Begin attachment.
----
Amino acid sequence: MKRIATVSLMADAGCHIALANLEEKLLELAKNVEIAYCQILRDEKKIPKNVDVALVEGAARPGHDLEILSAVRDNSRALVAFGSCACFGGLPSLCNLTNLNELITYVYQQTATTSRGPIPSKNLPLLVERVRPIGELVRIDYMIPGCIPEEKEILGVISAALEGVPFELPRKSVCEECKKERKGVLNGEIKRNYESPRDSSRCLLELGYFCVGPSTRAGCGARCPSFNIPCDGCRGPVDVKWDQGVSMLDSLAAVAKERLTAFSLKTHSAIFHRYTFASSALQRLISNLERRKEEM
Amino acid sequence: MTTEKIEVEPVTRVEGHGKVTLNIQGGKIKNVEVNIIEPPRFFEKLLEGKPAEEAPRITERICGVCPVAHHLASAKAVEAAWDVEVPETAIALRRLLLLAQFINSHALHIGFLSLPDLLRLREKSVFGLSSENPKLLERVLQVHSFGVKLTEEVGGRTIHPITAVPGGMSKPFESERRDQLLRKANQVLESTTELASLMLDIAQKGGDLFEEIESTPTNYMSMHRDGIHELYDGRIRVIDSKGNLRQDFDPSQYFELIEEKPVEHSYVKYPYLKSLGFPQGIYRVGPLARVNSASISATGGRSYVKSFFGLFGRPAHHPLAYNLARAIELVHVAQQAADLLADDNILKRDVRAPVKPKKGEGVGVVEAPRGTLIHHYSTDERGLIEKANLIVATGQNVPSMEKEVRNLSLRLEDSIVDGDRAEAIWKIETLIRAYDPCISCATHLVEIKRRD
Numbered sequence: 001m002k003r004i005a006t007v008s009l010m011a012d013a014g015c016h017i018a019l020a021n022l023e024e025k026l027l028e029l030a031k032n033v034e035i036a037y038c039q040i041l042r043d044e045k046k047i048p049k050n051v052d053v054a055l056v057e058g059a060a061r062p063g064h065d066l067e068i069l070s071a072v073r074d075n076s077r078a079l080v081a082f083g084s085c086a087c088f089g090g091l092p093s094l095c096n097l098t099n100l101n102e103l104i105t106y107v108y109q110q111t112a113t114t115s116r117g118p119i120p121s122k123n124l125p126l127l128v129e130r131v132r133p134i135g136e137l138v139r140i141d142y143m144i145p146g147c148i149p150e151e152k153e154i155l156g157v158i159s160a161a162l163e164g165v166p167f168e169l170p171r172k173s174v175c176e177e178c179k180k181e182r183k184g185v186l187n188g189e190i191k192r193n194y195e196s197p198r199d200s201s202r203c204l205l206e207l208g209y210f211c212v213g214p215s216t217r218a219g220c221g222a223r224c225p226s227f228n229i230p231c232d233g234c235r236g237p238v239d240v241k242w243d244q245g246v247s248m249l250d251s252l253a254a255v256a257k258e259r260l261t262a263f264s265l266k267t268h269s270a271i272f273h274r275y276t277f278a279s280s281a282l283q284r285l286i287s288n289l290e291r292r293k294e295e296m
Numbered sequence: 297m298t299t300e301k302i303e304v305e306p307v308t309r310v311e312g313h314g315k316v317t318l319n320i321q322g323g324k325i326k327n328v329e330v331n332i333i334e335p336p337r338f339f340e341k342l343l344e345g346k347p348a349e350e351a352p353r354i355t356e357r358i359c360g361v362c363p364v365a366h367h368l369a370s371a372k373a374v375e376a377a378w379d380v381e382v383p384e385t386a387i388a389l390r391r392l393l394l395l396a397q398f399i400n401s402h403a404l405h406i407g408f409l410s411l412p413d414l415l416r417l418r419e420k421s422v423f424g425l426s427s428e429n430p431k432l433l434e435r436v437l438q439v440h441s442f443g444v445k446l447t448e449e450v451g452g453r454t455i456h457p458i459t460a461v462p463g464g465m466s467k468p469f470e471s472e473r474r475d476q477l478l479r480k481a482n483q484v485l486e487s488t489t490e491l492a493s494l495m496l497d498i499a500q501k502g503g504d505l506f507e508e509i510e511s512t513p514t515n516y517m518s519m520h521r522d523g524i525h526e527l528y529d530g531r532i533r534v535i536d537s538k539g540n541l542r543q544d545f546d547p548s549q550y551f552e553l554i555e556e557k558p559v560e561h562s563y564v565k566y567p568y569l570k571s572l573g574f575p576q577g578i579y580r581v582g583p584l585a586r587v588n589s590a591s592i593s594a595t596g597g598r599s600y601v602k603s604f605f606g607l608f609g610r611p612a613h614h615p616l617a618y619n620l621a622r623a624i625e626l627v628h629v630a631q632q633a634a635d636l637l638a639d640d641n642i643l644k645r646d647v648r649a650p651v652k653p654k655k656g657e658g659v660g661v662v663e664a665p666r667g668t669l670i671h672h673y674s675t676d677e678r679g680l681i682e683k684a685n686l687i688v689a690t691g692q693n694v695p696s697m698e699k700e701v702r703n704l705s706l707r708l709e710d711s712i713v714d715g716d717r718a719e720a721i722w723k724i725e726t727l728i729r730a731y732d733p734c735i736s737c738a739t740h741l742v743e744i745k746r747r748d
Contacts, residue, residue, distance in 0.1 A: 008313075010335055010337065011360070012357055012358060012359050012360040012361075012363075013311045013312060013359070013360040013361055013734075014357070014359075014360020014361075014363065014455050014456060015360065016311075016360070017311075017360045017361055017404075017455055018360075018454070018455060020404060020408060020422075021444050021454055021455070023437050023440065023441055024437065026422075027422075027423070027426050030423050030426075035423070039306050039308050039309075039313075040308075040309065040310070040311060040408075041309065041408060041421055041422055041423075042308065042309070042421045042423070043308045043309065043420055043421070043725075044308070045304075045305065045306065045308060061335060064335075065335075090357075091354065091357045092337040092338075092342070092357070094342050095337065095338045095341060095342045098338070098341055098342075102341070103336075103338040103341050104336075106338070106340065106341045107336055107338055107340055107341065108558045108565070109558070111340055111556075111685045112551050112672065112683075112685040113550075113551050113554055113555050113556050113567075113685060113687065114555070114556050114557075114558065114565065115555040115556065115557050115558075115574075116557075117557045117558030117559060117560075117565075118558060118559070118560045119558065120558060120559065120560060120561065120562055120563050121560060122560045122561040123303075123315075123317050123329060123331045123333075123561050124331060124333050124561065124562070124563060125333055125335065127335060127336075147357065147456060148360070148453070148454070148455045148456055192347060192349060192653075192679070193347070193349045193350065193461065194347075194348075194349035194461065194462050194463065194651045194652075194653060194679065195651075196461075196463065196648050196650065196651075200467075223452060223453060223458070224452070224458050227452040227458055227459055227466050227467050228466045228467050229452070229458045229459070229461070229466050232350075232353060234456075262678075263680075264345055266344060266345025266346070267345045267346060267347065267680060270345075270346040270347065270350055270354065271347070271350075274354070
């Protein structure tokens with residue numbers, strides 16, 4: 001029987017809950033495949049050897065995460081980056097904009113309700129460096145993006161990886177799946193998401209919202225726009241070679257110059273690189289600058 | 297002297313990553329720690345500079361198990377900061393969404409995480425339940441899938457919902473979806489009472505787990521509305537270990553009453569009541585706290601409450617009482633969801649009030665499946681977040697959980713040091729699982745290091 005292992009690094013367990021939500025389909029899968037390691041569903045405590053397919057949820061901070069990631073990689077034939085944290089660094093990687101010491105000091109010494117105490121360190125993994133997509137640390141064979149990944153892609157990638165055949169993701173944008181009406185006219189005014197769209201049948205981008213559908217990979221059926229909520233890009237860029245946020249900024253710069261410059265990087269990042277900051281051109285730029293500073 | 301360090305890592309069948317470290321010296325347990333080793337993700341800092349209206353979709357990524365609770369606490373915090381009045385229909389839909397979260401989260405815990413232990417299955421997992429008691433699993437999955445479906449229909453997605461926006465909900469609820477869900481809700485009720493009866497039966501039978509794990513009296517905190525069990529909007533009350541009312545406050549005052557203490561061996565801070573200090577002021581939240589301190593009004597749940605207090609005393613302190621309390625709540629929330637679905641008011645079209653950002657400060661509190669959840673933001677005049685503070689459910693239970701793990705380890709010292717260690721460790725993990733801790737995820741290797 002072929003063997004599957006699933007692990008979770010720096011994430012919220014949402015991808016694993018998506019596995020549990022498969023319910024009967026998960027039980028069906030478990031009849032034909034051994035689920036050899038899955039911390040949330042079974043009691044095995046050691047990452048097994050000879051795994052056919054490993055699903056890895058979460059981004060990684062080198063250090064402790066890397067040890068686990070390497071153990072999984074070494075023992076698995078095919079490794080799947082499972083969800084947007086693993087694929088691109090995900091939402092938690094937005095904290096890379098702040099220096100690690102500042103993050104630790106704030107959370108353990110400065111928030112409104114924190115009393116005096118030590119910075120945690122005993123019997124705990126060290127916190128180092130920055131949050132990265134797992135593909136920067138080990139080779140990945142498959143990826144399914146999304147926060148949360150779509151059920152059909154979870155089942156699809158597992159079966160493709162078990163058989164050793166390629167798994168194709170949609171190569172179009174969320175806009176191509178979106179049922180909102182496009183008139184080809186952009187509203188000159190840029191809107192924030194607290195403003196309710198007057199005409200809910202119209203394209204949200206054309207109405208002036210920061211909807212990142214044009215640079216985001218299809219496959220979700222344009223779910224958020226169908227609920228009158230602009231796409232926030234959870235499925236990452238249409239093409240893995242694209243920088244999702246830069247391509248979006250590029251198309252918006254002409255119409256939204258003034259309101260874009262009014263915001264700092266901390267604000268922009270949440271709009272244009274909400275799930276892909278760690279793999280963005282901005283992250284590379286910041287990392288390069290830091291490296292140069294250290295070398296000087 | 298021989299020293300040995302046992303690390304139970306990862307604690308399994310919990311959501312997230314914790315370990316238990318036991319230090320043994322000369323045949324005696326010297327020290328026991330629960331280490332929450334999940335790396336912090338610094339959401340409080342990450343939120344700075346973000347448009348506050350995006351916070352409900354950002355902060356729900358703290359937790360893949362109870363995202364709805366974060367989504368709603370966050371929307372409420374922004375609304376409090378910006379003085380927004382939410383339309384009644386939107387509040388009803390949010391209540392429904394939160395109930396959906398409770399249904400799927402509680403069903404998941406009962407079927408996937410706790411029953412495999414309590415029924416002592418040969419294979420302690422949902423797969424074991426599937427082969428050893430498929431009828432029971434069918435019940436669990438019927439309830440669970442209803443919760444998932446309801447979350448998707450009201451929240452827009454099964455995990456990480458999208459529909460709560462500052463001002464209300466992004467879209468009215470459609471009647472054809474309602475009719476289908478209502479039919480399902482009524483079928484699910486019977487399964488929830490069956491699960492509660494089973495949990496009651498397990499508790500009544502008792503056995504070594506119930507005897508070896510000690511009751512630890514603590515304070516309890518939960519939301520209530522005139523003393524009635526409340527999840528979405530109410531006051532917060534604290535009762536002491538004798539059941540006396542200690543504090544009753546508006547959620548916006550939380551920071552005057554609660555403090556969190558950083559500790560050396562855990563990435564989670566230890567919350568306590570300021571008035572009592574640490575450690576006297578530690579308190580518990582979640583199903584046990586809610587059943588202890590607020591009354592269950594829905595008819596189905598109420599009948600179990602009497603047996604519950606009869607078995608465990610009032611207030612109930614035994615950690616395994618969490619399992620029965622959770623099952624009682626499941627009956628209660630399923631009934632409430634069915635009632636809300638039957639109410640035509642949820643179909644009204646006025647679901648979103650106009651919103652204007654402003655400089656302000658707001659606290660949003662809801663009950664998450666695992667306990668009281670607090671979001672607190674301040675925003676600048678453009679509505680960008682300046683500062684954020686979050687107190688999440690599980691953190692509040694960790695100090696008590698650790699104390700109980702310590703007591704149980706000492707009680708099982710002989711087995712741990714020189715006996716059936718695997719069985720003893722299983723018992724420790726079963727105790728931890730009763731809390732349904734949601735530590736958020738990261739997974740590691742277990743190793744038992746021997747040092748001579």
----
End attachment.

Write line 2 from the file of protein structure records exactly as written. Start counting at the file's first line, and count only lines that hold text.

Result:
Amino acid sequence: MTTEKIEVEPVTRVEGHGKVTLNIQGGKIKNVEVNIIEPPRFFEKLLEGKPAEEAPRITERICGVCPVAHHLASAKAVEAAWDVEVPETAIALRRLLLLAQFINSHALHIGFLSLPDLLRLREKSVFGLSSENPKLLERVLQVHSFGVKLTEEVGGRTIHPITAVPGGMSKPFESERRDQLLRKANQVLESTTELASLMLDIAQKGGDLFEEIESTPTNYMSMHRDGIHELYDGRIRVIDSKGNLRQDFDPSQYFELIEEKPVEHSYVKYPYLKSLGFPQGIYRVGPLARVNSASISATGGRSYVKSFFGLFGRPAHHPLAYNLARAIELVHVAQQAADLLADDNILKRDVRAPVKPKKGEGVGVVEAPRGTLIHHYSTDERGLIEKANLIVATGQNVPSMEKEVRNLSLRLEDSIVDGDRAEAIWKIETLIRAYDPCISCATHLVEIKRRD